Hair dryer       Foyer (ur)   Used to shrink plastic wrap on windows (used for
                                                 additional winter insulation)
                   Propane          Foyer (ul)   Used for propane lights
                   Canisters
                   Fire             Foyer
                   Extinguisher
                   First Aid kit    Foyer (ml)   Contains large bandages, antibiotics, syringes etc.
                                                 Attempted to keep up to date by Ken
                   Flash lights     Foyer (ml)   Two large MAG lights
                   Water filters    Foyer (ml)   Elements for filter behind cabin
                   Vacuum           Foyer (mr)   120 volt and manual
                   Hand tools       Foyer (mr)
                   Raid, Off etc    Foyer (ml)
                   Batteries        Foyer (ml)   Flashlight and radio batteries
                   Rags             Foyer (mr)
                   Laundry          Foyer (mr)
                   baskets
                   Battery tester   Divider
                   Playing cards    Divider
                   Kerosene         Shed         Quantity varies
                   Snow shovel      Shed
                   Trimmer          Shed         Long extendable trimmer with 20 foot reach
                   Hack saw         Shed
                   12 v battery     Shed
                   charger
                   RV antifreeze    Shed
                   Spade            Shed
                   Lawn rakes       Shed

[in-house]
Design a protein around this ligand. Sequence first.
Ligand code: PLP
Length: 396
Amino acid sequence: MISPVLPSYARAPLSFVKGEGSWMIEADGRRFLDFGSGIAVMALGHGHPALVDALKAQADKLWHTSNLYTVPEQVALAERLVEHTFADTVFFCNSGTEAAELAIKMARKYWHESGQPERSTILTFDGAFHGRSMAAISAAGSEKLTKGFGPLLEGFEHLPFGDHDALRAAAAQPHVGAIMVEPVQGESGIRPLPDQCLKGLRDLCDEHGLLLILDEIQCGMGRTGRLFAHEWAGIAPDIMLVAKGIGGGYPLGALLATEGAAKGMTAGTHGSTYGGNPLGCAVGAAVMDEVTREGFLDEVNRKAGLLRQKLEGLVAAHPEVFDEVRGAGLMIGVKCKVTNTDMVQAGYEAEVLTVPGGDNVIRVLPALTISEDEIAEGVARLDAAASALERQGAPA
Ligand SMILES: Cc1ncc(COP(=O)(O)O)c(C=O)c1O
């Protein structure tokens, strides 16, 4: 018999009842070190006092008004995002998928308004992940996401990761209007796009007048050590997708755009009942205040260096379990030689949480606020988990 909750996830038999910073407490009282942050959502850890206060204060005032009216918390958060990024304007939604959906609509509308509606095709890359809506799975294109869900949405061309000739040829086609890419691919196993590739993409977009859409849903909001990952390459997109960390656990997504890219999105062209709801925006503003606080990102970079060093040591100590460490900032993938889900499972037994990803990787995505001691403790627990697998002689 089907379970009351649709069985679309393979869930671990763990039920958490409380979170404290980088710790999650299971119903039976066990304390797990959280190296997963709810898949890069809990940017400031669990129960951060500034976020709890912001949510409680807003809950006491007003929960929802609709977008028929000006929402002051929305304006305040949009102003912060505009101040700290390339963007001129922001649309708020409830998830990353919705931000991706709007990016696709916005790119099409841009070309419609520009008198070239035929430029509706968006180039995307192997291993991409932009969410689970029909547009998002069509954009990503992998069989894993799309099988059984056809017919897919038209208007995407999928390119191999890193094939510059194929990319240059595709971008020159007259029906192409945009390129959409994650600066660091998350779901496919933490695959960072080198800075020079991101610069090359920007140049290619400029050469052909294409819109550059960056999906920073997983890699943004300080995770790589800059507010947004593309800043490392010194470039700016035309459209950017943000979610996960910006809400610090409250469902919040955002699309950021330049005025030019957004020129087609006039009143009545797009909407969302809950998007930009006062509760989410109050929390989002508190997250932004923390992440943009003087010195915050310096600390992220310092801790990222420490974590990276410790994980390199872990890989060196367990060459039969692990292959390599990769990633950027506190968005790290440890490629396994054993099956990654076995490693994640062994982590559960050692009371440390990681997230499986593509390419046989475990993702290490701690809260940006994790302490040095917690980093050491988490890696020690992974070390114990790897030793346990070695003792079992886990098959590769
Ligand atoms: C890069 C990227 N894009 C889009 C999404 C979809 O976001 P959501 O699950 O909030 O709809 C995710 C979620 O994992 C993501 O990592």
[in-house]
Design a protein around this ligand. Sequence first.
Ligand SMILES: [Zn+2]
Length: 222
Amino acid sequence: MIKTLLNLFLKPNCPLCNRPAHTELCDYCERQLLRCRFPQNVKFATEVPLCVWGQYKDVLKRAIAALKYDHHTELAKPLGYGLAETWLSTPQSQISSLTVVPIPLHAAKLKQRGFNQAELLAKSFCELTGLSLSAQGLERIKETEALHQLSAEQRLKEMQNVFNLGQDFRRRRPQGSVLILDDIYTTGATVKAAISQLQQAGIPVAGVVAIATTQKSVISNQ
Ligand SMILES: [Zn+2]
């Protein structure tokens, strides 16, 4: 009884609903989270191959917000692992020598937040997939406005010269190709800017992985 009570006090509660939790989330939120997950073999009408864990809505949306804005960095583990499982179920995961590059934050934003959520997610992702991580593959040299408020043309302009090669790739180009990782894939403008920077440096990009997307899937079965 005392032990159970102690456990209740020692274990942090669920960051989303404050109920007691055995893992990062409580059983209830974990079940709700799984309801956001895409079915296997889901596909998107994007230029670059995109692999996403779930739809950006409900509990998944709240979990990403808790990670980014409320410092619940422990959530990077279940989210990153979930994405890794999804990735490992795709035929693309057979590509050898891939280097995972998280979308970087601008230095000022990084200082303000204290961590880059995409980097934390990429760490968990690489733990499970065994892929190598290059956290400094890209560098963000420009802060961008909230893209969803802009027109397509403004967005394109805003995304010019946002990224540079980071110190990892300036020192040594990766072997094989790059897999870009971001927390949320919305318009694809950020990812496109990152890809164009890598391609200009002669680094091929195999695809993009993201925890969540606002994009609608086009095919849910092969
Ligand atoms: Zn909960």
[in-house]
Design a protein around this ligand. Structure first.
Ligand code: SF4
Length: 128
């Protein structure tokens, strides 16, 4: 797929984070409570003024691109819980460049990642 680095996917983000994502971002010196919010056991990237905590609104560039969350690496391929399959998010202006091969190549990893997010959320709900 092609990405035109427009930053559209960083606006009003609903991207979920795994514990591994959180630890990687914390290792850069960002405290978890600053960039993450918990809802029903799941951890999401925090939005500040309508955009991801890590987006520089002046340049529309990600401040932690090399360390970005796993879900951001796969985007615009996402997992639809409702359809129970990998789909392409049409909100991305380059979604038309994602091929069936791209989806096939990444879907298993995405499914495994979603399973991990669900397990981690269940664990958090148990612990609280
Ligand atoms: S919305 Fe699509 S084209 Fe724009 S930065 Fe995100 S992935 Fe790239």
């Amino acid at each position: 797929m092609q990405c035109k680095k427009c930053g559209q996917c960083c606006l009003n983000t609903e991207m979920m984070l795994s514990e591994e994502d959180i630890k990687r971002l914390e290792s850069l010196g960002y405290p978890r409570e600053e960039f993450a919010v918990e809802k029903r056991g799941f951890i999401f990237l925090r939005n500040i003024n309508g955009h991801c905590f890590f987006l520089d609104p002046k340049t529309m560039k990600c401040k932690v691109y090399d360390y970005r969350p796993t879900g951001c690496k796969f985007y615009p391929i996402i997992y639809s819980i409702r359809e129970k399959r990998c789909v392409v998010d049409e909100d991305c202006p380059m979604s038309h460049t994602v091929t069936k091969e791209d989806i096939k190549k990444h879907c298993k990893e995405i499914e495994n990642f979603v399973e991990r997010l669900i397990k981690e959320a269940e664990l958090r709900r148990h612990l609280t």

Axe (2)          Shed
                   Hatchet          Shed
                   Fibreglass       Shed



92
                  repair kit
                  12 v batteries    Shed
                  (3)
                  Tent              Basement
                  Scuba tank, etc   Basement
                  Flippers          Basement
                  Water tubes       Basement   1 extra large, 2 medium
                  Hot dog sticks    Basement   50 – maybe more?
                  (50)
                  Games (board)     Basement
                  Dog bowls,        Basement
                  brush
                  Water toys        Basement   Floating basketball hoop etc
                  (misc)
                  Citronella        Basement
                  candles
                  Tool kits         Basement   Wrenches, pliers, wire cutters
                  Drill bit set     Basement
                  Hammock           Basement

Foyer (ur) = upper right cabinet when entering the foyer from the front room, “ul” is the
upper left, “ml” = main left and “mr” = main right